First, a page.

Geography units make use of the three concepts defined by Scoffham and Owens (2017) as fundamental to geographical thinking: shape, space and scale. The curriculum aims to develop the children’s understanding of each, while exploring the layer of secondary concepts such as pattern, change, movement and interaction and the connections between them.
As well as encouraging students to think as ‘geographers’, we also aim to develop and retain the essential and relevant environmental and international knowledge and vocabulary. Within each unit, the four different types of substantive knowledge are clearly defined:
- Locational Knowledge
- Place Knowledge
- Human and Physical Processes (including environmental)
- Geographical skills
The different forms of knowledge are interconnected throughout each unit and the knowledge is recalled regularly through retrieval practice across the school.
The secondary geography curriculum has been carefully designed to build upon the knowledge and skills gained within the primary phase. The secondary scheme of work is structured to develop precise knowledge of individual, core geographical concepts but then to integrate these within a wider synoptic perspective. In other words, we focus on the core human and natural concepts studied in Geography (e.g. river processes, migration) and then place these is the context of contemporary issues that bring more than one core concept together to help young people see the interconnectedness of the human and natural environment and that causes and solutions are often complex and can be controversial to some stakeholders. Geography is not simple and we seek to train pupils to think and infer in an analytical and creative way about issues.
Our curriculum meets the expectations of the National Curriculum for KS3 and KS4 Geography and goes some way beyond this. We teach discrete units about core concepts, such as rivers, settlement, tectonics, population, etc, but within these are the synoptic links discussed above. We teach a mixture of discrete and synoptic studies of countries/regions/continents. For example, the population, biomes, economy and geopolitics of Russia are covered within a range of units, whilst the Middle East and Africa are covered in discrete units. This is intended to make learning in units relevant and interesting but also to provide a synoptic conclusion to learning each year.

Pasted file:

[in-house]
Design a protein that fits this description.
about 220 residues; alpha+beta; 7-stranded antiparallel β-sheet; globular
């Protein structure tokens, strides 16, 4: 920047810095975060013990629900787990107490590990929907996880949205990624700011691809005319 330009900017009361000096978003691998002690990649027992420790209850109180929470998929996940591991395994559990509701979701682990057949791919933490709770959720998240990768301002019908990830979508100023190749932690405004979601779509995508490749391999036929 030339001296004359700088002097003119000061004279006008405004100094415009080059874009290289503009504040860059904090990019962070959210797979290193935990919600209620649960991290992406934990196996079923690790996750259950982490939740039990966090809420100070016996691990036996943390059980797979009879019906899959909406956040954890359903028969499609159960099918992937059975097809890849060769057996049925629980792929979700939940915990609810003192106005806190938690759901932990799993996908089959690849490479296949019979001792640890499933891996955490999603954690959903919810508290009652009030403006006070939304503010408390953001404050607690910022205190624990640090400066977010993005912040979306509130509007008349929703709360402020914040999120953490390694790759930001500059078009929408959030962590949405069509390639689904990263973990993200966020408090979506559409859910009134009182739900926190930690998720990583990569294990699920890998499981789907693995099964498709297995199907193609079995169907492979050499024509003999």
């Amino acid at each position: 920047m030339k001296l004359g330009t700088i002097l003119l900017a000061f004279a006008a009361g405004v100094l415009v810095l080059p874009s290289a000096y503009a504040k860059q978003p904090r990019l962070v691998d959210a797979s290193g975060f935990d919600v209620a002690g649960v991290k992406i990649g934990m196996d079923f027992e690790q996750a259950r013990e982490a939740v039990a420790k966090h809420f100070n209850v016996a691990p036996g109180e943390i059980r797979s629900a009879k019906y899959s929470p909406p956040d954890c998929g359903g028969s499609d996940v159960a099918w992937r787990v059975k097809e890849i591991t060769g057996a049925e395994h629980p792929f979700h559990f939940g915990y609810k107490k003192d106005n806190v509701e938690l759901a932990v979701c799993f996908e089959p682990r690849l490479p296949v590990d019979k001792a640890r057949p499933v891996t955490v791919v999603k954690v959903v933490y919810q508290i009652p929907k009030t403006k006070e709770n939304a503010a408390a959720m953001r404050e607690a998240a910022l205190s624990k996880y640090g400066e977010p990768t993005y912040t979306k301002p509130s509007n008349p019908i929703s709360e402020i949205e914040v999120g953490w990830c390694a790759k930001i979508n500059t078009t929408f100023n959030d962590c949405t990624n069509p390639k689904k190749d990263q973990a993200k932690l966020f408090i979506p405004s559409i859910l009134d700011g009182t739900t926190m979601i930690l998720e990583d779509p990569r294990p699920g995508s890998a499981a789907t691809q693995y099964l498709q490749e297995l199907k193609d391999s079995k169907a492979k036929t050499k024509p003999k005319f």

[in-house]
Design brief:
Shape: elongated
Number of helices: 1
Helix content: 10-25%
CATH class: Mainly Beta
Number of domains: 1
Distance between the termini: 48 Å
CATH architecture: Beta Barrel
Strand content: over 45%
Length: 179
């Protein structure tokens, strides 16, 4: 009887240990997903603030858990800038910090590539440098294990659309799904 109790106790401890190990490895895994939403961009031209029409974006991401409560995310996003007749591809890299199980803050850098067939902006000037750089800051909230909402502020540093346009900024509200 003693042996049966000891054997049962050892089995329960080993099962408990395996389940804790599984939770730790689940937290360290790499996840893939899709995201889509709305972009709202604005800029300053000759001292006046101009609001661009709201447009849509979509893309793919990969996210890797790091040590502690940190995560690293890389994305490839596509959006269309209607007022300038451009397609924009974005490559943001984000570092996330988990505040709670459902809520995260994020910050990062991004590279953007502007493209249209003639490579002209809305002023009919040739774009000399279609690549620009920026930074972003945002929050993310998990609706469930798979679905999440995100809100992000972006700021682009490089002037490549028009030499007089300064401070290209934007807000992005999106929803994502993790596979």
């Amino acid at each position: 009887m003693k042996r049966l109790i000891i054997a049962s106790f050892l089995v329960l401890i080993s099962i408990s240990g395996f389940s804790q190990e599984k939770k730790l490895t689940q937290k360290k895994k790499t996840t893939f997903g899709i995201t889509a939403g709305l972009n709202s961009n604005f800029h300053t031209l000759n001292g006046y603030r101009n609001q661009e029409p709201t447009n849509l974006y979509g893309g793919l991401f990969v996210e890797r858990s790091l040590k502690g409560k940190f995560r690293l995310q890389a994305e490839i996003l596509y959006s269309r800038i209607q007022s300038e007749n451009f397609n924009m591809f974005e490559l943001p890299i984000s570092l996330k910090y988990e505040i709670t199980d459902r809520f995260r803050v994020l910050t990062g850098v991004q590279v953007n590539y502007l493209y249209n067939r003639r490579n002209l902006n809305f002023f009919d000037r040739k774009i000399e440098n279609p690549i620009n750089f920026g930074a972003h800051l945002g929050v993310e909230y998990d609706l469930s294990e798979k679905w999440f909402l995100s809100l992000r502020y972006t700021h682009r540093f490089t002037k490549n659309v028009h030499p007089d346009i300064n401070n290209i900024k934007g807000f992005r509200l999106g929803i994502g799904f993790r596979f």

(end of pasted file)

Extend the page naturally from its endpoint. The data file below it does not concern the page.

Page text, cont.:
In the secondary phase:
- Pupils should complete Key Stage 3 with a thorough foundation of understanding of the natural and human features and processes of the world and of how these are linked together.
- They should also complete the Key Stage 3 course with a clear understanding of the impact of human activity and the need for individuals and societies to commit to a range of acts to improve the sustainability across a range of scales. These objectives also apply to students who elect to choose to study Geography at Key Stage 4.
- Both the Key Stage 3 and Key Stage 4 courses have been constructed to be as synoptic as possible – the links between the core themes within Geography are clearly signposted and each unit is designed to support learning of core themes in a number of other units across both key stages. This is clearly illustrated in the diagram showing the core principles and progressions.
- It is also intended that all pupils who study Geography will gain an understanding of the physical location of places around the world and be able to relate their own lived experience to a range of contrasting experiences and places. Pupils should be immersed in the awe and wonder of the planet.
- Finally, pupils should enjoy the course, developing core geographical skills and experiencing a range of learning activities that allow them to achieve the best possible grades for their personal level of ability.
The importance of geographical enquiry through fieldwork
Fieldwork is undertaken across the school, and where possible through learning outside of the classroom. At the heart of every fieldwork enquiry should be the concepts of place, space and scale. Fieldwork balances core geographical knowledge with a sense of space and gives it a spatial context. As their understanding of the core concepts develop, they will be able to conduct their own geographical enquiries by asking and answering questions about the world around them.
|Field Work Opportunities|
|Year 1||Autumn 1 – What places are in our school?
|Year 2||Autumn 2 – Built and Non-built features around the school (using an aerial map)
Summer 1 – Map work using N, S, E and W
Summer 2 – Lepe Beach (Off Site) – What makes Lepe Beach a good place for a holiday and how do humans look after it?
|Year 3||Autumn 2 - Investigating land use patterns in the school grounds
Summer 1 – Investigating soils and rocks in the school grounds.
|Year 4||Autumn 2 – Sustainable living in everyday life (carbon footprint in school)
Summer 1 – How can we compare the land use of Southampton High Street and the main boulevard of Barcelona (La Rambla)? (Off Site)
|Year 5||Spring 2 – Testwood Lakes (Off Site)|
|Year 6||Summer 2 – How have I been impacted by globalisation?|
|Year 7||Is there a microclimate around St Mark’s CE school and what would be causing this? Collect first-hand evidence.|